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Psychoactive Morning Glories
Bits & Pieces
by Erowid

The "Bits & Pieces" section is intended for random snippets of information which don't fit
easily elsewhere and/or which have been newly added, but not yet carefully categorized.

  • Nomenclature
    There has been disagreement and confusion over the appropriate species name for psychoactive morning glories for more than 45 years. Both Schultes and Wasson referred to the heavenly blue species as Ipomoea violacea L. while others claim it is more appropriately Ipomoea tricolor Cav. An article by Der Marderosian from 1965 describes the source of the controversy, which continues today (2007). Different taxonomic databases categorize it differently (ex 1, ex 2). We have yet to see any definitive evidence that I. tricolor Cav. is the correct name, so we continue to use the traditional I. violacea.

  • Ergot alkaloids in Ipomoea species from an endophytic fungus? #
    Based on research in the late 2000s, it now appears that the ergot alkaloids (LSAs) present in morning glory and hawaiian baby woodrose seeds may originate in fungi that grow in the seeds.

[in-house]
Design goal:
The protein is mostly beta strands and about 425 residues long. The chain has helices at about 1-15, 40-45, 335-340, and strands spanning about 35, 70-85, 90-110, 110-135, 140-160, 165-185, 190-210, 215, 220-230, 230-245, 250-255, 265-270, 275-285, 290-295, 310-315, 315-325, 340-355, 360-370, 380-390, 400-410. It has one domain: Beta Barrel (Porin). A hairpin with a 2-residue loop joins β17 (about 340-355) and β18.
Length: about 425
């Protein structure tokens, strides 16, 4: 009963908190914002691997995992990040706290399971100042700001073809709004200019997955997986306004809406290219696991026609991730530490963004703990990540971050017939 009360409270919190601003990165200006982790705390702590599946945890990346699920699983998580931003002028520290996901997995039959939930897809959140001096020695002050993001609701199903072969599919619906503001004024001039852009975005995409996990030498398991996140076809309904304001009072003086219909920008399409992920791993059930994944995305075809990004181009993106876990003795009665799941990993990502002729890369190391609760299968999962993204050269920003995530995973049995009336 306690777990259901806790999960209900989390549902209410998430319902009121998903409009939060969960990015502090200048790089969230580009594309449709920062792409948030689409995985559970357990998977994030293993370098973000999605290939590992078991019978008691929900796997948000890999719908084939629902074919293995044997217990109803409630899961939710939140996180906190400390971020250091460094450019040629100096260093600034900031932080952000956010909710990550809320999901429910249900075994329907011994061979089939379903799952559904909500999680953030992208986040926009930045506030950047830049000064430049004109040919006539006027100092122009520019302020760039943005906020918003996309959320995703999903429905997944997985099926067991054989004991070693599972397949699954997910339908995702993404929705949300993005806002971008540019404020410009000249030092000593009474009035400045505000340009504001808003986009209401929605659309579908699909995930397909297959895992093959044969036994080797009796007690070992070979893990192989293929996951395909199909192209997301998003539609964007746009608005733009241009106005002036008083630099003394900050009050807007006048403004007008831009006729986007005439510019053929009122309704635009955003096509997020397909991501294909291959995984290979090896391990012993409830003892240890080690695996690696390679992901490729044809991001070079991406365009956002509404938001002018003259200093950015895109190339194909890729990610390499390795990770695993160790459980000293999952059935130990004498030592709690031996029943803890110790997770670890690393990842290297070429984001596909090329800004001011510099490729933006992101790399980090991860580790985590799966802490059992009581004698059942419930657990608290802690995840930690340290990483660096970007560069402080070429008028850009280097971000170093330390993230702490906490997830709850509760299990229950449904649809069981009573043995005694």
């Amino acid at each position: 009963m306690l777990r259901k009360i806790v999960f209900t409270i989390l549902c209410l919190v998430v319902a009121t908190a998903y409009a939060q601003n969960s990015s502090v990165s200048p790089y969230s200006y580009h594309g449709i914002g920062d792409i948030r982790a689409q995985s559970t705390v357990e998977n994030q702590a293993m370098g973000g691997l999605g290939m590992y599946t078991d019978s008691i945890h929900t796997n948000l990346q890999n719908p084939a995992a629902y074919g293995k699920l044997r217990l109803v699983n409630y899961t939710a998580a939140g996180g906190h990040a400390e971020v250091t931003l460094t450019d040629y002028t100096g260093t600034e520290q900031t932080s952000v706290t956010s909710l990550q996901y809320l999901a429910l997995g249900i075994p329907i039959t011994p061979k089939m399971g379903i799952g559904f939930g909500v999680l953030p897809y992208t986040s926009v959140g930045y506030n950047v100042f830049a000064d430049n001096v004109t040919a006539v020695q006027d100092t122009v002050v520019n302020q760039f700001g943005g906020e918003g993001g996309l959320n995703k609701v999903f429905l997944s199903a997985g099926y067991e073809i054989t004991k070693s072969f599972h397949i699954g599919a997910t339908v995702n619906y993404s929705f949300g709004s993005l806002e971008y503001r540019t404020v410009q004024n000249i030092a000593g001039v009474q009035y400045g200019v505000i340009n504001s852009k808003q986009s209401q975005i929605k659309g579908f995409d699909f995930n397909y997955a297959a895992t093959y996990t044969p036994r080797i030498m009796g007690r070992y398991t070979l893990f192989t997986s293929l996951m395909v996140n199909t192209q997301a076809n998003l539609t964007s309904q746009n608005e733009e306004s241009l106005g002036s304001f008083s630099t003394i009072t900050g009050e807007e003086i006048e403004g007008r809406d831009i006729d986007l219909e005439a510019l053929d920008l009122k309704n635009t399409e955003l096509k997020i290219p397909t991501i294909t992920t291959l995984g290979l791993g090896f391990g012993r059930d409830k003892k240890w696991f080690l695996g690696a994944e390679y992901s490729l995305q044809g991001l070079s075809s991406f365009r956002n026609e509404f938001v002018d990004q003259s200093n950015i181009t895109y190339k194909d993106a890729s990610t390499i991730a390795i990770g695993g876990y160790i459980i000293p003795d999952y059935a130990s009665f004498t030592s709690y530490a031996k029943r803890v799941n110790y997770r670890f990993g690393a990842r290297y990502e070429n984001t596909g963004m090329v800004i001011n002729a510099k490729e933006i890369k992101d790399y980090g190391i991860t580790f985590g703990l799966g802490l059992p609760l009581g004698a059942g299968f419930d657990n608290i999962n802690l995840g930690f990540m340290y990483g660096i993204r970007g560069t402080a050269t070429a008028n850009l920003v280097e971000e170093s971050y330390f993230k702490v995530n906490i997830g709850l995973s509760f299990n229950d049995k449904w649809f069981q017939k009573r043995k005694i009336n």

"Our observations suggest that accumulation of ergoline alkaloids in the Convolvulaceae may depend on the presence of a plant-associated fungus." Kucht et al 2004. Planta 219:619-625;

    "Several observations strongly indicate that this plant-associated fungus and its hitherto unidentified relatives occurring on different Convolvulaceae plants are responsible for the isolated occurrence of ergoline alkaloids in Convolvulaceae. This is the first report of an ergot alkaloid producing clavicipitaceous fungus associated with a dicotyledonous plant."
    Steiner U, Ahimsa-Mčller MA, Markert A, et al. "Molecular characterization of a seed transmitted clavicipitaceous fungus occurring on dicotyledoneous plants (Convolvulaceae)". Planta. Aug 2006;224(3):533-44. Epub 2006 Mar 9.

    "The fungi are seed transmitted. Their capacity to synthesize ergoline alkaloids depends on the presence of an intact differentiated host plant (e.g. Ipomoea asarifolia or Turbina corymbosa [Convolvulaceae]). Here, we present independent proof that these fungi are equipped with genetic material responsible for ergoline alkaloid biosynthesis." Markert A, Steffan N, Ploss K, et al. "Biosynthesis and accumulation of ergoline alkaloids in a mutualistic association between Ipomoea asarifolia (Convolvulaceae) and a clavicipitalean fungus". Plant Physiol. May 2008;147(1):296-305. Epub 2008 Mar 14.

  • Finnish names
    Finnish common name is "elämänlanka" (string/thread of life). The blue are particularly "päivänsini" (day's blue).

  • Swedish names
    In Swedish, the name is "blomman för dagen" - flower for (the) day. Name supposedly comes from the short-lived flowers.

  • Serbia & Montenegro names
    The common name for the family Convolvulaceae is "ladolez".